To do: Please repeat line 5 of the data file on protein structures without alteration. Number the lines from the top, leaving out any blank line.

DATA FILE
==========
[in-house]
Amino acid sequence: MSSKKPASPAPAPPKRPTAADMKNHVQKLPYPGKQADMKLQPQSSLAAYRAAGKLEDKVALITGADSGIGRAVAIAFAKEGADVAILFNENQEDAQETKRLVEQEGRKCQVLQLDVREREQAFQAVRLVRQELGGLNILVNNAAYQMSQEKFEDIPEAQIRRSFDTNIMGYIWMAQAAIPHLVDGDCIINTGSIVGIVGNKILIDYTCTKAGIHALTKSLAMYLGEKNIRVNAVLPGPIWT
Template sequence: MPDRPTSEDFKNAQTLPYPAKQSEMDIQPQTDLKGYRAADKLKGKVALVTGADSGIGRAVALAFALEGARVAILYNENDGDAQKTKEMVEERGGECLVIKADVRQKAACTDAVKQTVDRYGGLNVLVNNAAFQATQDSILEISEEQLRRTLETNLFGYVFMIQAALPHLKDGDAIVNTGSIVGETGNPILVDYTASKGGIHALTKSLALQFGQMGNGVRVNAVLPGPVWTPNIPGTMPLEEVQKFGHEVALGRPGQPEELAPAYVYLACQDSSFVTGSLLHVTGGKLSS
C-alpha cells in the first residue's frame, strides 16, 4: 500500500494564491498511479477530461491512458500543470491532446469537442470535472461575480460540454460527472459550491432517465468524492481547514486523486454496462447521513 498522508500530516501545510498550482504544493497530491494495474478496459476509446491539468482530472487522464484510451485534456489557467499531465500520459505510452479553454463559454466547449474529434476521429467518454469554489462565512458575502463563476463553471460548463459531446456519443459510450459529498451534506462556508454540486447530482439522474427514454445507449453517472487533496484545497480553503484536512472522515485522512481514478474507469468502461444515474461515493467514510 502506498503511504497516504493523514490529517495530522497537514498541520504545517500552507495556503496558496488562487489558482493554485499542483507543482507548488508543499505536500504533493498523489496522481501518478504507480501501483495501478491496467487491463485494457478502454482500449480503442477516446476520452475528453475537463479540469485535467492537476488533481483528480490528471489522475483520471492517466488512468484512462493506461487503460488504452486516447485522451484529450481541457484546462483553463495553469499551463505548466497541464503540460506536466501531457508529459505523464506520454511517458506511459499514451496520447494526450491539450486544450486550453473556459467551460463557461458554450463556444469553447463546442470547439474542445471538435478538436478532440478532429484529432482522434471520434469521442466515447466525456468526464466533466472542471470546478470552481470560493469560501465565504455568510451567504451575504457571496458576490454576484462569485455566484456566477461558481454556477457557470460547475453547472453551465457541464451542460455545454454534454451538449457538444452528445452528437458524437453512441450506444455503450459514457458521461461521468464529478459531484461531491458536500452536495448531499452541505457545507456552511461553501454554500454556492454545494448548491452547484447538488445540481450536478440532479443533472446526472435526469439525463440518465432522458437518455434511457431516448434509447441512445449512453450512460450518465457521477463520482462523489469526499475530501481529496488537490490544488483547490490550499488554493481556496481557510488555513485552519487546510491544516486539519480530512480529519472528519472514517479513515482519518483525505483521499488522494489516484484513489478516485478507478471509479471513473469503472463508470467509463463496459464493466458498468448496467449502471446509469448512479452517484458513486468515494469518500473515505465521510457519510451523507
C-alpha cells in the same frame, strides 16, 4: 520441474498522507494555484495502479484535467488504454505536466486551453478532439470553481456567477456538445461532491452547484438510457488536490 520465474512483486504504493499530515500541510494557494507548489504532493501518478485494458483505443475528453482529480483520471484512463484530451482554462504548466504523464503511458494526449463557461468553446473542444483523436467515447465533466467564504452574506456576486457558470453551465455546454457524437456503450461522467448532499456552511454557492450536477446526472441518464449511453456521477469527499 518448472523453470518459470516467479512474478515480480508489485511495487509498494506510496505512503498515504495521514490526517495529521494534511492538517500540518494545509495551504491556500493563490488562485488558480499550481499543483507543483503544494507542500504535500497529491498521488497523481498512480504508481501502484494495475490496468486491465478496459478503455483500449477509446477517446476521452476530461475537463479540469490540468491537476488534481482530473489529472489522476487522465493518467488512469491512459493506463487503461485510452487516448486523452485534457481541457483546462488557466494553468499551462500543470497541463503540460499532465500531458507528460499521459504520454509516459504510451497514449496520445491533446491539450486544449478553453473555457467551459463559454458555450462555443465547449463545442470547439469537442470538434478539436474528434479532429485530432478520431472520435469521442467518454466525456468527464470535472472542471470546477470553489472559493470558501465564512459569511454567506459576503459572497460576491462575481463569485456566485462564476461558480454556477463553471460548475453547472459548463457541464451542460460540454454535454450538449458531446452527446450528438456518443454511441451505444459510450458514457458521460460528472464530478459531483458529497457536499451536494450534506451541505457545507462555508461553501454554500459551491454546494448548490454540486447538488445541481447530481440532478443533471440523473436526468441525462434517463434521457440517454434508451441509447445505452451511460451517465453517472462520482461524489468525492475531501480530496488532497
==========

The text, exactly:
C-alpha cells in the same frame, strides 16, 4: 520441474498522507494555484495502479484535467488504454505536466486551453478532439470553481456567477456538445461532491452547484438510457488536490 520465474512483486504504493499530515500541510494557494507548489504532493501518478485494458483505443475528453482529480483520471484512463484530451482554462504548466504523464503511458494526449463557461468553446473542444483523436467515447465533466467564504452574506456576486457558470453551465455546454457524437456503450461522467448532499456552511454557492450536477446526472441518464449511453456521477469527499 518448472523453470518459470516467479512474478515480480508489485511495487509498494506510496505512503498515504495521514490526517495529521494534511492538517500540518494545509495551504491556500493563490488562485488558480499550481499543483507543483503544494507542500504535500497529491498521488497523481498512480504508481501502484494495475490496468486491465478496459478503455483500449477509446477517446476521452476530461475537463479540469490540468491537476488534481482530473489529472489522476487522465493518467488512469491512459493506463487503461485510452487516448486523452485534457481541457483546462488557466494553468499551462500543470497541463503540460499532465500531458507528460499521459504520454509516459504510451497514449496520445491533446491539450486544449478553453473555457467551459463559454458555450462555443465547449463545442470547439469537442470538434478539436474528434479532429485530432478520431472520435469521442467518454466525456468527464470535472472542471470546477470553489472559493470558501465564512459569511454567506459576503459572497460576491462575481463569485456566485462564476461558480454556477463553471460548475453547472459548463457541464451542460460540454454535454450538449458531446452527446450528438456518443454511441451505444459510450458514457458521460460528472464530478459531483458529497457536499451536494450534506451541505457545507462555508461553501454554500459551491454546494448548490454540486447538488445541481447530481440532478443533471440523473436526468441525462434517463434521457440517454434508451441509447445505452451511460451517465453517472462520482461524489468525492475531501480530496488532497